Saturday, March 2, 2019

Review: "Greta," the year's first great movie, is a thriller Hitchcock would have been proud of

Greta Review
I think generations were so spoiled from Alfred Hitchcock and Stanley Kubrick that when a great thriller comes along, its already somehow tainted. The old Tomato-Meter can be damned! I'm telling you to get out see "Greta." If you like an intense thriller, and if you like a crazy mystery, just go! There some tense imagery here that had me cringing in my seat. There are definitely some silly parts, no doubt, but the performances are excellent and will draw you in immediately, and its far more clever than critics are giving it credit for.

I also wonder if some critics aren't giving this a fair shot because of Chloe Grace Moretz. I will admit myself, I am not always her biggest admirer. I've liked some of her performances and I have loathed others. I can faithfully tell you that her work in "Greta" is superb and hits the right notes without being melodramatic. Moretz plays Frances. A young girl, living with her best friend from college, seemingly pretty new to living in the Big Apple. She seems to be making the most of it though. One day taking the subway home from work, she finds a purse. She tries to turn it in to the city's lost and found, but it just so happened to not be open that day. She takes the purse home, and finds an I.D. to whom it belongs to. She decides to give the purse back, despite reservations from her best friend Erica (Maika Monroe). 

This brings Frances to Greta (Isabelle Huppert) a French woman who invites Frances in as a thank you. They talk and seem to identify with each other quickly. Greta's husband has been dead for years and she is estranged from her daughter. Frances by contrast lost her mother recently too and it has splintered her relationship with her father (Colm Feore) who she believes moved on too fast. Soon enough, Greta and Frances hang out, there is a sweet rapport between the two. There is a motherly bond Greta forms toward Frances, and Frances thinks she's just being nice.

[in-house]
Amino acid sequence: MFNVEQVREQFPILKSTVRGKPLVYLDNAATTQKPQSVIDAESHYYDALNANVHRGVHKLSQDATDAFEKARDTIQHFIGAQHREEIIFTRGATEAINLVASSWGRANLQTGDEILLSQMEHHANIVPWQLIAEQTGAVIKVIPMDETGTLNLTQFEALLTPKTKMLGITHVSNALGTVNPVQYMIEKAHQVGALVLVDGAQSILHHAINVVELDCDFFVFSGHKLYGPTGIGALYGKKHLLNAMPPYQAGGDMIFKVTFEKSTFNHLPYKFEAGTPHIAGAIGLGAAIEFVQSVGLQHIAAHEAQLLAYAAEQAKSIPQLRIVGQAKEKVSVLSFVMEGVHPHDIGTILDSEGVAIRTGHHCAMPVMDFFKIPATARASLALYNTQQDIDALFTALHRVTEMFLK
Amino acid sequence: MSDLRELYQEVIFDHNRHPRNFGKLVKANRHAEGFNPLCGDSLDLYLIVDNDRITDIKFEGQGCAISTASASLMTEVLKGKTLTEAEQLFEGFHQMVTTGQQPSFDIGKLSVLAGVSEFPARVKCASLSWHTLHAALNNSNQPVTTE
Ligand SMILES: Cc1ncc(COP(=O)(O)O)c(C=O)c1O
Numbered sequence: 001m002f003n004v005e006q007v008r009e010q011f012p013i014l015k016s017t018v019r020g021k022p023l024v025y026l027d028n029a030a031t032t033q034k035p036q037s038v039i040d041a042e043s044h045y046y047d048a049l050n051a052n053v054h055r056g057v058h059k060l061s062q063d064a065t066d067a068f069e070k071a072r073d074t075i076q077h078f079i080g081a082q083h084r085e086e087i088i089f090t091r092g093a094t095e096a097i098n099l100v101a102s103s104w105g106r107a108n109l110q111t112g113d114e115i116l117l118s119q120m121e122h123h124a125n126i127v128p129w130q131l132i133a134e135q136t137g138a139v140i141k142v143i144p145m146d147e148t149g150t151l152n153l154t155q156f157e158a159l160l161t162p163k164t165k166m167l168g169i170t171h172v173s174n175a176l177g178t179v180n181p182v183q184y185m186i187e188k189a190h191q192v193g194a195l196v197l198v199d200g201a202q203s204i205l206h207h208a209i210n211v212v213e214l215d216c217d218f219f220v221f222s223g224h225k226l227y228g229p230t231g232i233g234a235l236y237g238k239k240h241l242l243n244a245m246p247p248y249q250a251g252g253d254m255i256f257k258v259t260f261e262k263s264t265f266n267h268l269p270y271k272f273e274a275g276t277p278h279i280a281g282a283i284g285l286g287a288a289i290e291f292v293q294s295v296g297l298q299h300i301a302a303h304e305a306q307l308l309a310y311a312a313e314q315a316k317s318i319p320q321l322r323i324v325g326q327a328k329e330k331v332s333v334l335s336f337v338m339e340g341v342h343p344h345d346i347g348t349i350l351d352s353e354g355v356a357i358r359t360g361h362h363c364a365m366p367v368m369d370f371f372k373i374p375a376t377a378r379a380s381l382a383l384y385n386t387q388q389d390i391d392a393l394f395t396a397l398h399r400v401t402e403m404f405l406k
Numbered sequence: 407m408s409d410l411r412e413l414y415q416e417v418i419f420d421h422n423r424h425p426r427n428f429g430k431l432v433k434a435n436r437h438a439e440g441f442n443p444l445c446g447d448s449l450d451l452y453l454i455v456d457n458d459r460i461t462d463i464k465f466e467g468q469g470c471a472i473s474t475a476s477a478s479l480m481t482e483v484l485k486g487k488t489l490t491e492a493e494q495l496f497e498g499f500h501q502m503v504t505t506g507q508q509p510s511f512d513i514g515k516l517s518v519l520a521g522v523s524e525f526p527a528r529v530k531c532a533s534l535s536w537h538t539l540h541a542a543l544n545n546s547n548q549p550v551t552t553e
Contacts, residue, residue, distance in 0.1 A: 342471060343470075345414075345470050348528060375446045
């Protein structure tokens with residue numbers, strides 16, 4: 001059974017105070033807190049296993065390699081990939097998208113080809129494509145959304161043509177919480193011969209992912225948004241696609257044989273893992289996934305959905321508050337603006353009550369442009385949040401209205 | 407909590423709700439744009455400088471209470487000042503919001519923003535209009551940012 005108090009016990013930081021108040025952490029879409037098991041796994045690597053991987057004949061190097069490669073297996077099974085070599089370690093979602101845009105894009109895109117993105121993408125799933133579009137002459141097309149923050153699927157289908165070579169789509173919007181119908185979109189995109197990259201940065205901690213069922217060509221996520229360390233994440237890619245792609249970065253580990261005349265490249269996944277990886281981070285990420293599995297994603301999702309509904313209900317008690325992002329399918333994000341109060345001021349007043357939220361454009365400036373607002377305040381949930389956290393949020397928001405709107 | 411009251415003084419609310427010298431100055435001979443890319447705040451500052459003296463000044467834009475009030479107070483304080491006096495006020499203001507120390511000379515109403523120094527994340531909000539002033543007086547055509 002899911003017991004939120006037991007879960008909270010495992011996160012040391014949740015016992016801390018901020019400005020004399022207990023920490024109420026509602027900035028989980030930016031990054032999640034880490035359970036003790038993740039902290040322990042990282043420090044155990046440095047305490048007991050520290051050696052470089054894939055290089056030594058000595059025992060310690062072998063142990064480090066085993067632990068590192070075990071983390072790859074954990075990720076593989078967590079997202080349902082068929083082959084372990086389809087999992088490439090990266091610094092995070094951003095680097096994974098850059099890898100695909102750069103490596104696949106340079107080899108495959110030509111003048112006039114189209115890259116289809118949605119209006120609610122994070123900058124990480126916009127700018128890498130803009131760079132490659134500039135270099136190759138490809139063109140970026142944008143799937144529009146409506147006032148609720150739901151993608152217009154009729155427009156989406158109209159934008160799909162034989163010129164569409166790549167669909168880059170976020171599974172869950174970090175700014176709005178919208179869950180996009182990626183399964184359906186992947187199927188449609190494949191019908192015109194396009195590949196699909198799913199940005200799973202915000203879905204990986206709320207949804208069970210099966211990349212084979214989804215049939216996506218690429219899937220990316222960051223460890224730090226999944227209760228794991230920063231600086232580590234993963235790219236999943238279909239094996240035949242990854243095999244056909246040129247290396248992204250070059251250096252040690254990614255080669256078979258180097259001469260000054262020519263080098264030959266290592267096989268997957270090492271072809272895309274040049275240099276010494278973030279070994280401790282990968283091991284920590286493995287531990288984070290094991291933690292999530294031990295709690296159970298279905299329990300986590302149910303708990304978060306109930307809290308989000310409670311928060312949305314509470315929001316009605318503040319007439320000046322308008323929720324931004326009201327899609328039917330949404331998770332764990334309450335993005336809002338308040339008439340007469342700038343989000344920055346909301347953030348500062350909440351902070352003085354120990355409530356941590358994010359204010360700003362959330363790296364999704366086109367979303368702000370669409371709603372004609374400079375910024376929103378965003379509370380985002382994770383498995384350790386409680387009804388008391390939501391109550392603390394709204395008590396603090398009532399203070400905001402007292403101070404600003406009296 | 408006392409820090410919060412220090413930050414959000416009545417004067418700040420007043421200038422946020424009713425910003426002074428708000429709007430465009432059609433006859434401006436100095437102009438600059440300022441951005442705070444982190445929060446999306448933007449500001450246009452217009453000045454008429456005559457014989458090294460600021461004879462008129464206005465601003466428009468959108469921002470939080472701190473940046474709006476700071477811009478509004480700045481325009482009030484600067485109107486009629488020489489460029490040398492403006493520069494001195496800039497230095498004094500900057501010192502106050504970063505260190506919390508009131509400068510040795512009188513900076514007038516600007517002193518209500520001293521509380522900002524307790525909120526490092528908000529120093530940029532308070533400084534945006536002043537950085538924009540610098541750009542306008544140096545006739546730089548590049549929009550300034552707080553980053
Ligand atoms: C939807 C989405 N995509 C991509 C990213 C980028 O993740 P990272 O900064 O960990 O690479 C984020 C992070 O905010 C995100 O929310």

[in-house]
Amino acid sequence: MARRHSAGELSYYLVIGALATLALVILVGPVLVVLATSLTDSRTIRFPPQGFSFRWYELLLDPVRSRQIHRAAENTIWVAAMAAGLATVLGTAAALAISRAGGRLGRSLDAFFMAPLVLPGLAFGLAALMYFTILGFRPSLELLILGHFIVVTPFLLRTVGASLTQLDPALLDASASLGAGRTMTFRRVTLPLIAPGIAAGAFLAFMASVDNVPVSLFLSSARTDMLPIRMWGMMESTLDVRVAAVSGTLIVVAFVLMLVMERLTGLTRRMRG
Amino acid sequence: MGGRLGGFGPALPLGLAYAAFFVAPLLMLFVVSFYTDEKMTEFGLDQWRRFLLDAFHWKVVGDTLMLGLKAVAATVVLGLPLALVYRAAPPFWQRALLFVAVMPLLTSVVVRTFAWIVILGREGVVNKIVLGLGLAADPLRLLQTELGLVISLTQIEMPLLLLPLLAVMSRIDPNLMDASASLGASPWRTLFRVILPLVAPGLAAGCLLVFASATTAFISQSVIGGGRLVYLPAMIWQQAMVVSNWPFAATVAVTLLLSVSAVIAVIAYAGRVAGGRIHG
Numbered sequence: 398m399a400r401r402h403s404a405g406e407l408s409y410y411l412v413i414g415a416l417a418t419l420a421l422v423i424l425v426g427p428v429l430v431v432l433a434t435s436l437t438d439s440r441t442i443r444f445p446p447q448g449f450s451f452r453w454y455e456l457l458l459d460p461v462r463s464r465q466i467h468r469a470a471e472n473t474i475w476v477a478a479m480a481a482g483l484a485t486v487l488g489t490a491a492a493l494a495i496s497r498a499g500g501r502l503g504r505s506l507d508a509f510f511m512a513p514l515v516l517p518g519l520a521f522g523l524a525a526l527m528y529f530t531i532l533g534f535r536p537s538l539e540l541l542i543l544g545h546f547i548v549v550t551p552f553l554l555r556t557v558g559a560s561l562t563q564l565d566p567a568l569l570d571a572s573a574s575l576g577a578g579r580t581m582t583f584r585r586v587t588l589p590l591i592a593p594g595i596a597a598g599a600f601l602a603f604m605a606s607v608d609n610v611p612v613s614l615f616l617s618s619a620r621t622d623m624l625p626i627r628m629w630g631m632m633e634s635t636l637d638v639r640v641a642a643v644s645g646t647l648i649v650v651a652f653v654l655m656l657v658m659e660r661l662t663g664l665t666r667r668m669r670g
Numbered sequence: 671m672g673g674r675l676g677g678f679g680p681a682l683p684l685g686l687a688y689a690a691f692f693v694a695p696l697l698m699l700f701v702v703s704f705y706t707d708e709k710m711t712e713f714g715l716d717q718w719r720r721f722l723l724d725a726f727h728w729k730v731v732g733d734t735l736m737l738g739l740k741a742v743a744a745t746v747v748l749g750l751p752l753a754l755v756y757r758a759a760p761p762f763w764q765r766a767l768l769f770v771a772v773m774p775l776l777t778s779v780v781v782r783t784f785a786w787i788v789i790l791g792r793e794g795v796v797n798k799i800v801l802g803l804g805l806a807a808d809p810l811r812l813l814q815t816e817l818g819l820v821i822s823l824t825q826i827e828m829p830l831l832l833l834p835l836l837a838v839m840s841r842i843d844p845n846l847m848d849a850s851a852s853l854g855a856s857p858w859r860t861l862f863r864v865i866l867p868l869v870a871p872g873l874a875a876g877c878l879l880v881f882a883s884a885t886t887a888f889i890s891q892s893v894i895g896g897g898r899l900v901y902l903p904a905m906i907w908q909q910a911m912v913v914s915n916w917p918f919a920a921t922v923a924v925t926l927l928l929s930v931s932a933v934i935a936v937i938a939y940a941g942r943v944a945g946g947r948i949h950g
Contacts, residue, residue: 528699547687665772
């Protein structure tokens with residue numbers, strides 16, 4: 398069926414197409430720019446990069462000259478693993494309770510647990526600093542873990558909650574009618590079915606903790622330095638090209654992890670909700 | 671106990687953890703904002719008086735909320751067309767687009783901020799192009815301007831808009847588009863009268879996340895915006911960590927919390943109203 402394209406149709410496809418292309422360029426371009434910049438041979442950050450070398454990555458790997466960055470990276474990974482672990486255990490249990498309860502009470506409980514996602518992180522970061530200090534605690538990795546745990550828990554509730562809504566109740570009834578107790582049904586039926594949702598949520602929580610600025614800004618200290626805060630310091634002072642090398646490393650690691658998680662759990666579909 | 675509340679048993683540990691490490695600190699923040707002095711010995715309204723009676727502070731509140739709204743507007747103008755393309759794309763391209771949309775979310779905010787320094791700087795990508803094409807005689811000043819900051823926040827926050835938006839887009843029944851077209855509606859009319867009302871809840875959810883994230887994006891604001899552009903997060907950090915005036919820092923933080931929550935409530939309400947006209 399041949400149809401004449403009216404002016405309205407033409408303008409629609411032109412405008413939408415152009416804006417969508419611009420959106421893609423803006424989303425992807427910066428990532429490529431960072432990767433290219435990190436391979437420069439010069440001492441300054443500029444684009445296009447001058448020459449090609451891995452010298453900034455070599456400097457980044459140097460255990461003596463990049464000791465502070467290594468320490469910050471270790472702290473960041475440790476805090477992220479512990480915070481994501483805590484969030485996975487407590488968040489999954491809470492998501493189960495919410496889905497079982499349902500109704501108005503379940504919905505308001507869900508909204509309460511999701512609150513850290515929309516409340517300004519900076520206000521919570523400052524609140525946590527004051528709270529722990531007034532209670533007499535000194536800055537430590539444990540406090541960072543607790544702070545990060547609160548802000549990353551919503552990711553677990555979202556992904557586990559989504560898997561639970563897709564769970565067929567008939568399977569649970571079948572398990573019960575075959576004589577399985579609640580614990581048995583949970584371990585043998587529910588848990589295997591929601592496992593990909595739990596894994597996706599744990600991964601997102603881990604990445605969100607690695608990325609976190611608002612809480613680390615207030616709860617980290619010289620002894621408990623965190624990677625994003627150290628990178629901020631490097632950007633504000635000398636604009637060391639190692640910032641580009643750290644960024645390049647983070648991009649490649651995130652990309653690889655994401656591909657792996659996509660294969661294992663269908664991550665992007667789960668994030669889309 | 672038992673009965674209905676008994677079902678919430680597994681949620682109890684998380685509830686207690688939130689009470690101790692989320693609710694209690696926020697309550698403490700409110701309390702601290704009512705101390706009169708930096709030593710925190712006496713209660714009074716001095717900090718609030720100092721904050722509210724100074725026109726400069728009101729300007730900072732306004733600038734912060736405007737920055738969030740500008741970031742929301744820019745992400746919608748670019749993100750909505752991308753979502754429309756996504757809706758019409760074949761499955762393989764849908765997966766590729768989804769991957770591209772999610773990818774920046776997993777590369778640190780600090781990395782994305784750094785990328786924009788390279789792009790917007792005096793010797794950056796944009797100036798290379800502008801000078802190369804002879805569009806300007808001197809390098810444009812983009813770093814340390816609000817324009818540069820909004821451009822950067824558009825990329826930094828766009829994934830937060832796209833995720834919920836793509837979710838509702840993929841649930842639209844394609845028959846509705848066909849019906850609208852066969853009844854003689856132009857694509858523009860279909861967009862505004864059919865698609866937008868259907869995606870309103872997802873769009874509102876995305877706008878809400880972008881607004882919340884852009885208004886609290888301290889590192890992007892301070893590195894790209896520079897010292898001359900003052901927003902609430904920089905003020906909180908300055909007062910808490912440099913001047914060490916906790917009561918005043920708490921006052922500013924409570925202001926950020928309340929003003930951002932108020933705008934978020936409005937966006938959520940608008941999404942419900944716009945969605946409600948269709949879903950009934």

That's until she's over at Greta's house for dinner, and finds a cupboard full of identical purses with different phone numbers and names on each of them.

As you could probably deduce, this freaks Frances out. She tries to shut Greta out of her life, but then Greta begins to stalk her. She endlessly calls Frances, shows up where she lives. Of course, Frances calls the police and of course, they aren't much help. We all know in movies like this that the police are rarely any help. Just when you think you've seen this before, "Greta" takes a few turns.

I don't even know if its really okay to call them "turns" or "twists." It just seems like the genre is handled a different way for a change. I think we getting closer to a pop culture that isn't going to be judged by its originality, but by its execution. It doesn't seem like there are anymore mysteries in this world, and it seems like even the original movies aren't very original anymore. Sitting down to a new movie not based on anything, you can still identify the pop culture the director soaked up and who they were inspired by. While I definitely like originality, I can recognize that there isn't tons of room for it anymore. Even new stories feel cut from the same cloth, and that's why execution and performance plays in. People have told me that "No Country For Old Men" is just another gangster movie, "Lord of the Rings" is just another fantasy and "The Dark Knight" is just another superhero movie. However, for my money, the execution of all three of those films is what sets them apart from the rest of their genres. I think very soon, execution will be the judgement standard of our pop culture instead of mere originality.

So yes, "Greta" does feel like many other movies of its kind. But I can tell you that Moretz throws herself at the role in way I rarely see from her. Isabelle Huppert? Dear god, is she creepy in this movie. I mean, she turns her creep game on something fierce, and the result is someone genuinely scary. Her performance never tips into cheese, even if the script sometimes wants to. But what I loved is that overall, the script plays things straight. There are some clever things that happen in the movie and it all adds up to a wild ride.

I don't want to give away too many tricks from this particular bag. So I will recommend that if you appreciate the genre, give this a try. I think you'll be glad you did.

FINAL GRADE: A

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